strata. in any one spot they are of easy & certain ascertainment.
The seams of organic remains are parallel to the beds & from the flattened
form of the shells it is manifest they would show the original plan of deposition.
[No Cell Matter]] pencil.
stratification] added pencil.
127 verso [blank]
1833 March E Falkland Isd. — 110 6
From the greater number of observations the strata dip to between SW & S.
at angle at ∠ from 15°-20° — but in some places they were horizontal, then much twisted & again dipping at higher angle to N or N by E: also over to W by S & SSE: yet decidedly where the strata were most regular the SSW (or about it) dip was observable. —
The appearances are exactly what I should have supposed a bed of rock would have shown. which had been elevated from a great depth beneath the sea. —
30° - 40°
The quartz rock is divided into beds, which are from less to more than a foot in thickness. their general dip is at about an angle of 40° to 50° to S by W. — this was on the ridge of the hills. — on south side however of Berkleys sound the beds dipped to the SSE. — parallel ranges of hills are formed of this rock. & it is remarkable that they all dip to the South. so that the north side of all present basset edges. — It is difficult to conjecture, what sort of force would thus rupture the strata in parallel lines, but only elevate one side. (a) — There is however one curious exception to the dipping in one direction: it occurs within a regular range of quartz (it was where specks like mica were found), which dipped to S 1/2 W at angle 19°. It would seem as if in the line of elevation there had been a point (or rather oblong) of upheaval from which, the
30° - 40°] added pencil in margin.
(a) Earth-quakes have been attributed to the vibration of a fluid beneath the crust of the earth. how would the crust be broken by waves on a greater scale? How does a field ice in the arctic ocean pack, when acted on by the swell from the ocean? —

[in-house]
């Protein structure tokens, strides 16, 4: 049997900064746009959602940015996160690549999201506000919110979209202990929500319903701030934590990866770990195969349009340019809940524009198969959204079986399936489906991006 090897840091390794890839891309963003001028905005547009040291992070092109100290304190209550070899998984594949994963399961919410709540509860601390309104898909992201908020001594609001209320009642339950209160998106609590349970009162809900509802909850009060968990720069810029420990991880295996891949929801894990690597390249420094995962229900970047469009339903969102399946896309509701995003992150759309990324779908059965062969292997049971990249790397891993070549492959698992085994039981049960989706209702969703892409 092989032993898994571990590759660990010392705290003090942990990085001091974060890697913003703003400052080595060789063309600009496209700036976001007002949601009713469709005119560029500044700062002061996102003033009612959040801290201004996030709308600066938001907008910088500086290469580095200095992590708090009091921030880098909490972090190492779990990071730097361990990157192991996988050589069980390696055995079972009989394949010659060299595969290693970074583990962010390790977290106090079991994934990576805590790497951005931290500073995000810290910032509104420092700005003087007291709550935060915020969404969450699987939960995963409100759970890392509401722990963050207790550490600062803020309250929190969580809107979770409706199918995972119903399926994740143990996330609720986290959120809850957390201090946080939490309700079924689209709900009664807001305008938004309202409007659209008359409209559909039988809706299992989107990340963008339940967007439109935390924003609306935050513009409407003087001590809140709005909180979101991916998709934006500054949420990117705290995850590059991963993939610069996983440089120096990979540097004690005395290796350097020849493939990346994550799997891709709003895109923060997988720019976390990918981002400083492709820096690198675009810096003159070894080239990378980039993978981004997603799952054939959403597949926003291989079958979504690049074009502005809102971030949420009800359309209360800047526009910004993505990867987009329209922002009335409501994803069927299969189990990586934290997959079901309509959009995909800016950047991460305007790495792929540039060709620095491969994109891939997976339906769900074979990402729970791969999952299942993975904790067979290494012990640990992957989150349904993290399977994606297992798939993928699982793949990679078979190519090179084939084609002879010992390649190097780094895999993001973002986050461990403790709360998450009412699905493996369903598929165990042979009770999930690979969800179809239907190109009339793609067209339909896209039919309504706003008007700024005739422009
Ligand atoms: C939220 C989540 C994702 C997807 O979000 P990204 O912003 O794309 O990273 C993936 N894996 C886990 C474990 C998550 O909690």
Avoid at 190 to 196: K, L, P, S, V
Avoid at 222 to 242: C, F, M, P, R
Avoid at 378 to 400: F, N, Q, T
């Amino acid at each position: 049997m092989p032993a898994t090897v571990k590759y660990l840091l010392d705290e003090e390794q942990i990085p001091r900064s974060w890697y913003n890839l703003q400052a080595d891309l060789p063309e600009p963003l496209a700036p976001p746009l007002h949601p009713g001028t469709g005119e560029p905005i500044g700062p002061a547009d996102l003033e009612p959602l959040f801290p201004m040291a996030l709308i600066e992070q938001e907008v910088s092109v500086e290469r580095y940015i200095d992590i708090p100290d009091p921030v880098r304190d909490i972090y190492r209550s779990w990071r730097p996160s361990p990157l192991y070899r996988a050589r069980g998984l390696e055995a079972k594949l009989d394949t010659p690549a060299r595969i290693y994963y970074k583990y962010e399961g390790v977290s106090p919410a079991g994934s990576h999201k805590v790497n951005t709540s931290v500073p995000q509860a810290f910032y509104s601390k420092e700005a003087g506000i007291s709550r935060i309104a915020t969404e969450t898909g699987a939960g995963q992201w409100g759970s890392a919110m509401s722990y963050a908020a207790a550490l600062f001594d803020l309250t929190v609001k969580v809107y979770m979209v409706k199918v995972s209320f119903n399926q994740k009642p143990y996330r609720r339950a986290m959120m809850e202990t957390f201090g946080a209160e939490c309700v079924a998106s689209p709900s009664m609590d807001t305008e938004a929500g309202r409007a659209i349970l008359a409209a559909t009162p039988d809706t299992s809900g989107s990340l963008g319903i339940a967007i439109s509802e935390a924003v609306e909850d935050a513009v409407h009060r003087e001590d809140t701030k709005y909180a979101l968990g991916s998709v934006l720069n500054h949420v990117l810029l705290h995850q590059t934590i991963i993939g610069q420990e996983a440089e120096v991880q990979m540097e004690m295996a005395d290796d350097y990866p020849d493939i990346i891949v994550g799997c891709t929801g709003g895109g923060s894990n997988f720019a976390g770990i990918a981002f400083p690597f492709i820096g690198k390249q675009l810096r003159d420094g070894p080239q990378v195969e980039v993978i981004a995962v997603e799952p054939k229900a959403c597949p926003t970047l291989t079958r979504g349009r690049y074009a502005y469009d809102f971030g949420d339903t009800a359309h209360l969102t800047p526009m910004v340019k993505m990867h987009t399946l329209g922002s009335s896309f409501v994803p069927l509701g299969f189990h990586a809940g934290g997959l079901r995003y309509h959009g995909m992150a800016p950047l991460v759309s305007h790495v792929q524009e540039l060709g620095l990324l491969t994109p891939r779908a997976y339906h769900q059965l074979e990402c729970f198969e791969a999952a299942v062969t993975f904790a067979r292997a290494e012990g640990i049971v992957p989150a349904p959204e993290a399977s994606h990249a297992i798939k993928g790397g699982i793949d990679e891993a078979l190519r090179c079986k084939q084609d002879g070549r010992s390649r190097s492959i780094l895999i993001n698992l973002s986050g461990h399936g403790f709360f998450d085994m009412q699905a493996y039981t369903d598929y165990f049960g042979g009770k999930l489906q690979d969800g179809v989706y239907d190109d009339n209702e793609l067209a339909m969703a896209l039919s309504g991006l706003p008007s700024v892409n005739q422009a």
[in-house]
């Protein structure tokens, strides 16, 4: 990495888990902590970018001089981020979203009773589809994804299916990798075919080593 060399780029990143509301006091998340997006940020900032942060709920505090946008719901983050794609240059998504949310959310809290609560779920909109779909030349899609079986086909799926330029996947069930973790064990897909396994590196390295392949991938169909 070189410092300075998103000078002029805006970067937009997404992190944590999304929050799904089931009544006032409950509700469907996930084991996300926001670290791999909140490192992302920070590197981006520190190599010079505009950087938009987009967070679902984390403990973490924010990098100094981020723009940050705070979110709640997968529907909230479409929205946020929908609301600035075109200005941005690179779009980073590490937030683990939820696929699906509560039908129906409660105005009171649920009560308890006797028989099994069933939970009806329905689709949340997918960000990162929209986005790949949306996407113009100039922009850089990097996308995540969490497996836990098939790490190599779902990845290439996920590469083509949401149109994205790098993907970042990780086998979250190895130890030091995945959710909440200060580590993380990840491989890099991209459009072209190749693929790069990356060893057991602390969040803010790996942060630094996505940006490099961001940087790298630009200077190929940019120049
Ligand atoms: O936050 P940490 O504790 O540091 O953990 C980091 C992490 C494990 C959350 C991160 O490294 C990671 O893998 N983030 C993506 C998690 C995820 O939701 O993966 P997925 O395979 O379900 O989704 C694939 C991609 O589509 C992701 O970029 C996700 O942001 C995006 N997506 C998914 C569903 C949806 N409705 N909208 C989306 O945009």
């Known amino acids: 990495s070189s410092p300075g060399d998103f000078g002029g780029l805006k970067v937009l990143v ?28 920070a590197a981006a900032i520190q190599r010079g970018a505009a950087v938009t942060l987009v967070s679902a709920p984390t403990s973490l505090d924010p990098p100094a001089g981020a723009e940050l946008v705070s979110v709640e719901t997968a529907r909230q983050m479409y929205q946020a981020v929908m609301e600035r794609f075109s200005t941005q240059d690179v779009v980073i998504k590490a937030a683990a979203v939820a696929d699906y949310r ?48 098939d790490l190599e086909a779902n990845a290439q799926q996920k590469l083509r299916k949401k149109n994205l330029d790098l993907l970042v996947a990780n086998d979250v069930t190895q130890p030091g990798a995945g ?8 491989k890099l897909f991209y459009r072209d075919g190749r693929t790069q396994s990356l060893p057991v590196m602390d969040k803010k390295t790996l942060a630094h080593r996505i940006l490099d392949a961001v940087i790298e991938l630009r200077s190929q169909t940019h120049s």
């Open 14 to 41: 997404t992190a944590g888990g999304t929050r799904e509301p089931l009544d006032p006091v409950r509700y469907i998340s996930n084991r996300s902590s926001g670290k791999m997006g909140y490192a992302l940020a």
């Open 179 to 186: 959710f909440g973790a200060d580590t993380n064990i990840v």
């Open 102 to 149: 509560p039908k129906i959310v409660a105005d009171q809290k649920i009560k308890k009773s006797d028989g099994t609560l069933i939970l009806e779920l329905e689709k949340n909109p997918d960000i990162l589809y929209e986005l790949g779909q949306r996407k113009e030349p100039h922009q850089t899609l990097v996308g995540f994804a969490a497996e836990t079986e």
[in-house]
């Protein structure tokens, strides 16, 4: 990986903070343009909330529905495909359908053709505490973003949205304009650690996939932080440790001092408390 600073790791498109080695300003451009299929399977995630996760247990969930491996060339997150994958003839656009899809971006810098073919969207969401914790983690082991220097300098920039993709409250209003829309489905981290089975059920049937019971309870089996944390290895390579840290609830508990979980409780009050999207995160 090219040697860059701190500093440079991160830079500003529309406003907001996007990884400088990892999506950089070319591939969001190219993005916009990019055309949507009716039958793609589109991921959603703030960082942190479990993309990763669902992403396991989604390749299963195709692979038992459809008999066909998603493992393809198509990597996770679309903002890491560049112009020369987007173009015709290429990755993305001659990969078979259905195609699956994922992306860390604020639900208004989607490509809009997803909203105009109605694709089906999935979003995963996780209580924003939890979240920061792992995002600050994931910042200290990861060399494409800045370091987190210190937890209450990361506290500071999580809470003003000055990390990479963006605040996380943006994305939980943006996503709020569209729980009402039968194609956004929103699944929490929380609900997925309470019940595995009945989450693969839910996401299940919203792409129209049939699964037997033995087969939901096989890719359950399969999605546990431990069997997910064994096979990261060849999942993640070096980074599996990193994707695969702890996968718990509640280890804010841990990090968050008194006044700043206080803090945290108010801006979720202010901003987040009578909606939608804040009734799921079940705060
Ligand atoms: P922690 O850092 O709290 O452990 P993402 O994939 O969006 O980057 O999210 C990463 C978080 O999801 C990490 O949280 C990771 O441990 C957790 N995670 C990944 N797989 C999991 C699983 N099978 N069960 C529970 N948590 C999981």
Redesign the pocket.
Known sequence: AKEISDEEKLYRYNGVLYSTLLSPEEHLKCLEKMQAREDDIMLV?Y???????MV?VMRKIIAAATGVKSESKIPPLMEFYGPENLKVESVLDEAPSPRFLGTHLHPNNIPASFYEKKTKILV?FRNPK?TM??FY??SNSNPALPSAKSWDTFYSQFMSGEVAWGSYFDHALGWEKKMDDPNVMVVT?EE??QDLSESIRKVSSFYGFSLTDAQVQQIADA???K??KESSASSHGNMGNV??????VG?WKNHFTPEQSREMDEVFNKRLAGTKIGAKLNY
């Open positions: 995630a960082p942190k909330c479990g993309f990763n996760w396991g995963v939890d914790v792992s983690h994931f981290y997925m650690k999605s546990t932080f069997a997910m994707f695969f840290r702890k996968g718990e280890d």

1833 March E Falkland Isd. — 111 7 (X)
strata on all sides dipped; at four nearly opposite points the following were the dips: — on north side. to N 1/2 E, 28°: on East to ENE, 14°: on South to S 1/2 W, 29°: on West to W by N 1/2 N, 16°: Vide (a) the four stations were chosen where strata were best seen. — on the top of the
cone oval mound the strata were nearly horizontal & on the East side the dip was least regular. On both West & East side. a small valley (full of fragments) only separated this hill from the regular chain, where the North side had its basset edge. — the strata were much broken. & the upper ones were cracked or widely separated; especially on the West side, where you might ascend in a broad crack on the curved dome & flanked on each side by strata dipping towards opposite points: — The summit of the hill cone was about one hundred yards across & flattish: From what I have mentioned both with respect to the sandstone & quartz. it appears that the general point of dip is within some degrees of SSW. — The direction therefore is WNW & ESE: this is common to the ranges of hills & the valleys. — also the Sound & its arms run in this line. & the islands in it are equally show the same thing. — These facts strengthen the accuracy of WNW direction of stratification. —